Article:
It can be a nuisance to coordinate the schedules of various board members to schedule an annual meeting. Additionally, you need to worry about getting enough owners to show up at the annual meeting to establish a quorum.
BuildingBoard makes it easy to hold annual meetings and achieve quorums through our virtual meeting platform. Owners can attend annual meetings and vote electronically. We take the frustration out of scheduling and holding annual meetings for common interest developments.
BuildingBoard has done all the work for you. You pick your meeting date, enter ownership information, and send an email invitation. The system even sends reminder emails to owners for you.
On the day of the meeting, owners click a link and join the meeting. They do not need to download software. Our system operates on smartphones, desktop computers, laptops, and tablets.
When you miss a quorum at your annual meeting, it is frustrating. However, it can also be costly. You need to reschedule the meeting, deliver new notices, and worry about missing a quorum again.
Also, board members need to continue managing the association. It can be a tricky legal issue when a board member's term ends but an election has not been held.
The annual meeting is held to conduct business that impacts the entire community. However, these meetings may also provide owners and shareholders the opportunity to voice concerns or issues.
Notice of the meeting's time, place, and purpose must be provided to the unit owners at least 21 days before the annual meeting. Notice periods may be waived for emergency meetings. Notices can be sent electronically or to a mailing address. If no address is provided, the notices must be hand-delivered, mailed, or sent by a delivery service to the unit address.
The bylaws or declaration may permit the annual meeting to be conducted by video, telephone, or another conferencing process.
The default minimum quorum for an annual meeting is 33 1/3 percent, but the bylaws may provide for a smaller percentage. The smallest percentage by law for a quorum is 25 percent.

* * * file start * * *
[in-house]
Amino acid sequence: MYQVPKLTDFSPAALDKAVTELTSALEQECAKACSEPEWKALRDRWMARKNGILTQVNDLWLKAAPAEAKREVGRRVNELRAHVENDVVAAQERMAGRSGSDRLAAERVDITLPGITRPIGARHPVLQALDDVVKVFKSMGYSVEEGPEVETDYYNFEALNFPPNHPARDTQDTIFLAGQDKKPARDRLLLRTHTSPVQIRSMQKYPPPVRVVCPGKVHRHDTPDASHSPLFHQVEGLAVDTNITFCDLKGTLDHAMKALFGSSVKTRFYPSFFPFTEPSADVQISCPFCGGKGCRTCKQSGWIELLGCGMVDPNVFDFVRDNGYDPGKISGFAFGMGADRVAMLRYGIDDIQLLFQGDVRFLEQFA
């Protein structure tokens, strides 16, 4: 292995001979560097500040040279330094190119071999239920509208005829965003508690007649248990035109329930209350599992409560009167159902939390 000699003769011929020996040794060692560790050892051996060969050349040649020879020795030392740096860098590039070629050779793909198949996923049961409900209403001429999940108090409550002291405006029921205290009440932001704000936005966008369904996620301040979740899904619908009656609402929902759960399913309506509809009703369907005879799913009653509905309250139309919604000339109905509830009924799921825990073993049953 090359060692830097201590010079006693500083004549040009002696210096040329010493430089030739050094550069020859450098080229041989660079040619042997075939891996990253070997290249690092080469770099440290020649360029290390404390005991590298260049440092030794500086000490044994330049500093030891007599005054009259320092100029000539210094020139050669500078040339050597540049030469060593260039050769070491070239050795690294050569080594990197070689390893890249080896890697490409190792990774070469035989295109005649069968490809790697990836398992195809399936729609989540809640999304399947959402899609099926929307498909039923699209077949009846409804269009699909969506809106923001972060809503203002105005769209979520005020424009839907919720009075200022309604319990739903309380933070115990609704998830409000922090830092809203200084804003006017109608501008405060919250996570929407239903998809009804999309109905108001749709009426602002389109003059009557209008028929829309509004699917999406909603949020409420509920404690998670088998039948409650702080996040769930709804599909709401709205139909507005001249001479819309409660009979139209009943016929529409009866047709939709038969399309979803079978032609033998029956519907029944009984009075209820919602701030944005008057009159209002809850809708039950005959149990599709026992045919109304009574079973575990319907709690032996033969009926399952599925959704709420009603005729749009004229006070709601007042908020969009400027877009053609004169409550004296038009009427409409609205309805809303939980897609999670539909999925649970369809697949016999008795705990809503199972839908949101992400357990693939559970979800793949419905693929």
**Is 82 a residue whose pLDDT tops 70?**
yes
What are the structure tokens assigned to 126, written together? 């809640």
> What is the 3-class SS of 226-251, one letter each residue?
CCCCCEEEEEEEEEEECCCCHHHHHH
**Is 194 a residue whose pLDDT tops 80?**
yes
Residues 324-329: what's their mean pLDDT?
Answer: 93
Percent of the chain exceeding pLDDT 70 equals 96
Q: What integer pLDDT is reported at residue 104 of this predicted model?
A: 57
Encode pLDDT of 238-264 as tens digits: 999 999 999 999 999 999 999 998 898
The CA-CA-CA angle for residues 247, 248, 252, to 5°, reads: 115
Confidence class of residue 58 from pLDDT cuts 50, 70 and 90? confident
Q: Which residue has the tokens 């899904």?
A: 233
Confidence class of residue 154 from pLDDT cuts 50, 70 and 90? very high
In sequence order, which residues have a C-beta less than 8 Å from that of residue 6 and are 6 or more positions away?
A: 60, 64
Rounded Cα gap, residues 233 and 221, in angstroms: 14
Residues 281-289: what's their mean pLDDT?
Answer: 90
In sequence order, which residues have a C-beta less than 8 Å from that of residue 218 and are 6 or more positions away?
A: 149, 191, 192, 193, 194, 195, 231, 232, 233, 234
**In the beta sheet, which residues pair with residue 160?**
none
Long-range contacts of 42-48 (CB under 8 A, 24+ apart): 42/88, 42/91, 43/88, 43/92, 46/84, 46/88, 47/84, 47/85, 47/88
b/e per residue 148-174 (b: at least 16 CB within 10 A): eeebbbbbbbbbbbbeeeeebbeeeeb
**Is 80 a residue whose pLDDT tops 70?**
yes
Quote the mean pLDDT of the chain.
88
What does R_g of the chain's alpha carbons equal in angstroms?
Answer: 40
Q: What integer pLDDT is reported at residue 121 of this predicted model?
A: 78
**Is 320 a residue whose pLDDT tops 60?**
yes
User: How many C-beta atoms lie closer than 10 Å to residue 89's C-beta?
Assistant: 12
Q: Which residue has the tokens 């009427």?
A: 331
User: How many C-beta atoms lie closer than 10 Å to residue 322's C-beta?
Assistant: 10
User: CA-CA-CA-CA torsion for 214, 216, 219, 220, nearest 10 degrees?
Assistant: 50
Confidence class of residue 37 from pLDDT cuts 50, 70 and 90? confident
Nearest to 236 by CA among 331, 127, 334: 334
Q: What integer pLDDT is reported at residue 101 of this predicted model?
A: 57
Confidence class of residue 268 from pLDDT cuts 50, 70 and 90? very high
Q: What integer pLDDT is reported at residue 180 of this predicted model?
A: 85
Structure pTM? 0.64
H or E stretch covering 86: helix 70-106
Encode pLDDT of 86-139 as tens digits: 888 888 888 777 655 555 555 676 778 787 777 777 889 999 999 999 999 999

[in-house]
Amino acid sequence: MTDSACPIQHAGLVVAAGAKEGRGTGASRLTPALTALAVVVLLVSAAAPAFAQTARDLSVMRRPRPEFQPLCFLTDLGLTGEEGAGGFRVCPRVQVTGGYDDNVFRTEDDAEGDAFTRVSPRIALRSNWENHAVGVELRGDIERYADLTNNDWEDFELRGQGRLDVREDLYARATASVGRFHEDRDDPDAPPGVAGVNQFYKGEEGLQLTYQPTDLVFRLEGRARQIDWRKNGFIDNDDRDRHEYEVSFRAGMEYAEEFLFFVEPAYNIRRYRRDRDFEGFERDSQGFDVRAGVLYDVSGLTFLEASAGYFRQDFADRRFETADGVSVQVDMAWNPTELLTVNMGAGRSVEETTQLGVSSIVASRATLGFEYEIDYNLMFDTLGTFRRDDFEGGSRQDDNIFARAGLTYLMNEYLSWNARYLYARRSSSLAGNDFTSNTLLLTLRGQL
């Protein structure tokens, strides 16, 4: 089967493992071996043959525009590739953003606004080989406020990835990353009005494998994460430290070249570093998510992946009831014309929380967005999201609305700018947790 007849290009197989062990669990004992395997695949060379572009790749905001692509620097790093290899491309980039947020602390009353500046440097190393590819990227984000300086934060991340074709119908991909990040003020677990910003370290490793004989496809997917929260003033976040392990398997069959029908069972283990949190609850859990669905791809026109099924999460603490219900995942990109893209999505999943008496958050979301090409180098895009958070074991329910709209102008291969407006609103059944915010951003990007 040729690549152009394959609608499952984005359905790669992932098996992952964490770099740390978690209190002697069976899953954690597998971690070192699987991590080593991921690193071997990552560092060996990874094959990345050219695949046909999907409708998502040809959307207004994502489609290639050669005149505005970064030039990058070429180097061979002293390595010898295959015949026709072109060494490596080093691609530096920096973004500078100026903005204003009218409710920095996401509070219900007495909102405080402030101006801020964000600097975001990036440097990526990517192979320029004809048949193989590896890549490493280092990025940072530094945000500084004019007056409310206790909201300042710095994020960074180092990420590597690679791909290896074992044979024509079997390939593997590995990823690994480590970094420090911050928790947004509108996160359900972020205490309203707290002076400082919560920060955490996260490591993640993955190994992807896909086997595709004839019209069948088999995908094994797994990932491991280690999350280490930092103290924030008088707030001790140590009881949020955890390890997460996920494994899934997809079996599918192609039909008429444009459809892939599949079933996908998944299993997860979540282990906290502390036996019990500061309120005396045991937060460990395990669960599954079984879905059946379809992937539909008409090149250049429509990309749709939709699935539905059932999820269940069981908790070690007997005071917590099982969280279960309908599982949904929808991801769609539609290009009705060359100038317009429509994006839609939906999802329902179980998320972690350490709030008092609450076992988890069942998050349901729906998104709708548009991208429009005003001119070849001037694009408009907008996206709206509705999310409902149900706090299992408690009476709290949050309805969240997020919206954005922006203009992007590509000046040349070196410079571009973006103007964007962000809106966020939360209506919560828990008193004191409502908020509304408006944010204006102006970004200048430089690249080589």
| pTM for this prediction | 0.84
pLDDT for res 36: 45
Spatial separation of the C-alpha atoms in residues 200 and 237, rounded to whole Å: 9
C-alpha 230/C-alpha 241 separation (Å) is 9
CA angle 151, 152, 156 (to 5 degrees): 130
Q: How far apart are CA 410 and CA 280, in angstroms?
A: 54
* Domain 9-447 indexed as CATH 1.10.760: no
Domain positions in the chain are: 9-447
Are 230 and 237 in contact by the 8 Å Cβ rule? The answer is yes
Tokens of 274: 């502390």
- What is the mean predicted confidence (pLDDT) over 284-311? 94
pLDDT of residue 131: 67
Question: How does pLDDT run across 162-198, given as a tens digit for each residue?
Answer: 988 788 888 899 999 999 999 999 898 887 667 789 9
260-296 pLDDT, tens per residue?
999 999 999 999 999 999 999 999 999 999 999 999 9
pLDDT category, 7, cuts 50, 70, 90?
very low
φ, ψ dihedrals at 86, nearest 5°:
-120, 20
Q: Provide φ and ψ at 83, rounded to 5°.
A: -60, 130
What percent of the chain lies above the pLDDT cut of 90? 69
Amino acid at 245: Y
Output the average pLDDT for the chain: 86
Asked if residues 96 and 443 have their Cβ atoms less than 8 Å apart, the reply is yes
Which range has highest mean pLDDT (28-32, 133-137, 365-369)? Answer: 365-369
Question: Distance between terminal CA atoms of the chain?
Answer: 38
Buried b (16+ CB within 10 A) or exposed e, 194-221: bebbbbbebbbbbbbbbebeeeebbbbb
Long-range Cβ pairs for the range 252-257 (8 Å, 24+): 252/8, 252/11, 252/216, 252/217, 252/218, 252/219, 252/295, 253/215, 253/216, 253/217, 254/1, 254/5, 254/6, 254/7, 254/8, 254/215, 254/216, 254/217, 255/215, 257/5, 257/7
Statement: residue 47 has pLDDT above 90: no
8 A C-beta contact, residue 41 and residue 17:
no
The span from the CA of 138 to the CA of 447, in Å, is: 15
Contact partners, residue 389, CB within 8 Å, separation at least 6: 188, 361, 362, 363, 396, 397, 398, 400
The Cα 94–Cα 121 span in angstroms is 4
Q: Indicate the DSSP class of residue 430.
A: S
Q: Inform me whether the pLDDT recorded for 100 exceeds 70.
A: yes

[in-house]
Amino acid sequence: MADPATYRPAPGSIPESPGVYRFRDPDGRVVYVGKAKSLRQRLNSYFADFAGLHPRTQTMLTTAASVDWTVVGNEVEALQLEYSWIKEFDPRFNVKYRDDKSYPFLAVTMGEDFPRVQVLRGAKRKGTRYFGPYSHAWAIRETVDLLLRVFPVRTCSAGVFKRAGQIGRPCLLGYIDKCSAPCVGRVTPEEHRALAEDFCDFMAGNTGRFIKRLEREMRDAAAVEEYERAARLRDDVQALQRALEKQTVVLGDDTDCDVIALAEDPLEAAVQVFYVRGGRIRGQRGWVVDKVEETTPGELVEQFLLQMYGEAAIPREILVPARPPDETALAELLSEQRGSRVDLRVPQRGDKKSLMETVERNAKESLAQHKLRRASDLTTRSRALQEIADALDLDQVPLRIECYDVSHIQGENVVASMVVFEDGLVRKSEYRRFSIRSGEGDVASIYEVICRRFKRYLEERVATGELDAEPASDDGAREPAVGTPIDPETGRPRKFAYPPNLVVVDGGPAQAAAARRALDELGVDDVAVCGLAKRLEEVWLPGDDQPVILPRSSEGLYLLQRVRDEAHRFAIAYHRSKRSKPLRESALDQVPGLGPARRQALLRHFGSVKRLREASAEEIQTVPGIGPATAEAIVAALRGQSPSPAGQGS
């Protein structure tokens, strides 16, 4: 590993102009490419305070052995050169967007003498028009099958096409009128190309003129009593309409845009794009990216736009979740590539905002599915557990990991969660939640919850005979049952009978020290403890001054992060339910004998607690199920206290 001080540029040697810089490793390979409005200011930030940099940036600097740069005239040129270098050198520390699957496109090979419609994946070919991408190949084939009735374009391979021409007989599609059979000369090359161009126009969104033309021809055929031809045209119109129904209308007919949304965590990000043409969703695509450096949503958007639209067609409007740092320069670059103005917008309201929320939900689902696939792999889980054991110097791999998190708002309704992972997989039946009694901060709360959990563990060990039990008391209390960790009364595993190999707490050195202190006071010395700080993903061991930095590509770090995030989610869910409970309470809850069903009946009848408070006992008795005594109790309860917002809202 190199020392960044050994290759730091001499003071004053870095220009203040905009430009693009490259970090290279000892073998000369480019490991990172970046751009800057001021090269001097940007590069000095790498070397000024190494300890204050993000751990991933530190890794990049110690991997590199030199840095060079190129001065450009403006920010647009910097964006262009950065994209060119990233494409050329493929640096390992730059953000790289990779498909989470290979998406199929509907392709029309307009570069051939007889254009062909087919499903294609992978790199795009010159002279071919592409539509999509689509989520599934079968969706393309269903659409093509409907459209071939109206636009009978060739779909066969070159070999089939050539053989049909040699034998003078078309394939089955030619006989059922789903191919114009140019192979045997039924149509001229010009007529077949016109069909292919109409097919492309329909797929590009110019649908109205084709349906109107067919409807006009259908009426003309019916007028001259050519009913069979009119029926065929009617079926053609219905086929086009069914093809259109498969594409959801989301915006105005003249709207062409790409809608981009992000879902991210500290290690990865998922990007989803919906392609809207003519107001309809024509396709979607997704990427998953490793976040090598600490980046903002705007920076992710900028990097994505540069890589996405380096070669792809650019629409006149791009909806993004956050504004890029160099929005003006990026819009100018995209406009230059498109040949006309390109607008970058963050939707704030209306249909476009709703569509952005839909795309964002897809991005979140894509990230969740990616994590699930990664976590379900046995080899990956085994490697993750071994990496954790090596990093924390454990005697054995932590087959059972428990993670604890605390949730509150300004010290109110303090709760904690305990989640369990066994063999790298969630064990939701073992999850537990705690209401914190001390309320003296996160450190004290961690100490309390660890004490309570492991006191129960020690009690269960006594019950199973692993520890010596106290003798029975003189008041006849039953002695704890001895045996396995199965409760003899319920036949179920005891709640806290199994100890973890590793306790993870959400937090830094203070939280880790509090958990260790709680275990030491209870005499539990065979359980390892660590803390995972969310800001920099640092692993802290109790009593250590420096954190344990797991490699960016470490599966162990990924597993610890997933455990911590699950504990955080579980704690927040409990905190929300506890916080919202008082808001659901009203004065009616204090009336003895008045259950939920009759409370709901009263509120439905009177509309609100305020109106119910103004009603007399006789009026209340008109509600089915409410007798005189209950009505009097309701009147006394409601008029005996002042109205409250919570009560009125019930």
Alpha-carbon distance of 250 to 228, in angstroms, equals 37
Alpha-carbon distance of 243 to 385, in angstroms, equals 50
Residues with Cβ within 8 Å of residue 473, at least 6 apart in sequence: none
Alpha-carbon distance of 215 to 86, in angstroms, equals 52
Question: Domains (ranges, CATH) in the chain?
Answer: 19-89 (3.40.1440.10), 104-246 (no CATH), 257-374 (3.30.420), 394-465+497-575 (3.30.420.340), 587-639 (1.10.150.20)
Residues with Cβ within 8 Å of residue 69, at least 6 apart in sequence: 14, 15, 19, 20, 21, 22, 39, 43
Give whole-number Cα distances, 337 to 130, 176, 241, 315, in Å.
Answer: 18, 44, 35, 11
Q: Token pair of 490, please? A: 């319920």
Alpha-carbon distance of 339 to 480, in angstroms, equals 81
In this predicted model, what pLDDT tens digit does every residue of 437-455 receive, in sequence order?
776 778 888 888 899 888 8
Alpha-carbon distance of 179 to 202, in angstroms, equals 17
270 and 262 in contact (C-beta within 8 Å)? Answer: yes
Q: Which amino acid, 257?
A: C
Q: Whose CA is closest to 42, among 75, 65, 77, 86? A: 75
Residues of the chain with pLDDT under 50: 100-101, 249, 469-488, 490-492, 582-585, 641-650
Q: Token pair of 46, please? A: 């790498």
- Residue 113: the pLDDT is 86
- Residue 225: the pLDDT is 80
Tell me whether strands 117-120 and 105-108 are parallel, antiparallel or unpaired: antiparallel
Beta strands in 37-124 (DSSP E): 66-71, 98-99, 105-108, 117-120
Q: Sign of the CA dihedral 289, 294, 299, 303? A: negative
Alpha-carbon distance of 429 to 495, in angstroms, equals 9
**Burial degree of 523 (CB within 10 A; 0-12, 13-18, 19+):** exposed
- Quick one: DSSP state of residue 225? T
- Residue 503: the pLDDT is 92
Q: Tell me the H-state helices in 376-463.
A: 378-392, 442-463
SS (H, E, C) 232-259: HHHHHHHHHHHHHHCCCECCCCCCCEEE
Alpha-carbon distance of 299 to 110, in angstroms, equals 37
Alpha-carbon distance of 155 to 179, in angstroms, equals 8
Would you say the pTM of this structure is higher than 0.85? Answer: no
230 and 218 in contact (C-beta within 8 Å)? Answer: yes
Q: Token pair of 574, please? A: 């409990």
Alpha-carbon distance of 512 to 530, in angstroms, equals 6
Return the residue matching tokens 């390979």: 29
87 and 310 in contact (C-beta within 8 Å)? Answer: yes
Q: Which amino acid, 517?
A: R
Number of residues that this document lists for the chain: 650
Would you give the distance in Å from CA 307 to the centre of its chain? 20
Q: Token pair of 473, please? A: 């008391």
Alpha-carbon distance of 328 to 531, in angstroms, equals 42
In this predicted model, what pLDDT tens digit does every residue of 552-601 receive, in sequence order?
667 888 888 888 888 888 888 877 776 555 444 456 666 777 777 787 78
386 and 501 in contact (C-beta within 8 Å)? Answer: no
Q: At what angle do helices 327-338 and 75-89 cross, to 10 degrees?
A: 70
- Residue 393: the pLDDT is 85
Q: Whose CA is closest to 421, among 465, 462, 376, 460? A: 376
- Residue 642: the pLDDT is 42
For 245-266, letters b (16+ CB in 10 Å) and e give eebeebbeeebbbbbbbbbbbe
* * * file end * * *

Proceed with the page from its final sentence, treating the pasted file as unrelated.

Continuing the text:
Condominiums created before September 10, 1977, are governed by the New Hampshire Unit Ownership of Real Property Act. Section 479-A:18 states that the terms of at least 1/3 of the directors expire annually. The bylaws provide the method of calling meetings of the unit owners and the percentage used to obtain a quorum.
There is no specific reference to "annual" meetings under the old law, but if the condominium association is organized as a corporation, corporate laws could require the annual meetings.
The Condominium Act does not apply to co-ops or homeowners associations (HOAs). Co-ops are corporations. Owners purchase shares of the corporation, which grants them the exclusive right to possession of a specific unit. Therefore, co-ops are subject to corporate laws.
Most co-ops are formed under Chapter 301-A of the New Hampshire Statutes as nonprofit corporations. Therefore, the associations formed under this chapter are subject to general corporation law as found in Chapter 292 and Chapter 293 of the New Hampshire statutes.
Because all community associations must be registered as corporations, HOAs are also subject to the provisions in Chapter 292 and Chapter 293.
Section 293-A:7.01 states that an annual meeting of shareholders must be held unless directors are elected by written consent instead of an annual meeting. Section 293-A:7.04 states that it is not necessary to hold a meeting to take an action if all the shareholders entitled to vote on the action agree.
The articles of incorporation might provide that actions may be taken without a meeting or notice if written consents are obtained by no less than the number of votes required to take the action if a meeting were held.
Therefore, it is possible to elect board members without holding an annual meeting of shareholders for an HOA or co-op. However, the procedures for doing so must follow the requirements within the statute without exception.
Notice of meetings must be sent to shareholders at least ten days, but not more than 60 days, before the meeting.
There appears to be nothing in the law prohibiting virtual annual meetings for HOAs and co-ops. Still, board members need to carefully review the bylaws and articles of corporation to determine whether virtual annual meetings are allowed.
BuildingBoard is easy to use, convenient, and avoids problems reaching quorums. Schedule your meeting, invite members via email, and conduct the vote on the day of the meeting. Your members vote via their smartphone or computer.
Are you ready to simply your annual meetings? Contact BuildingBoard to learn more about our services and to schedule a demo.
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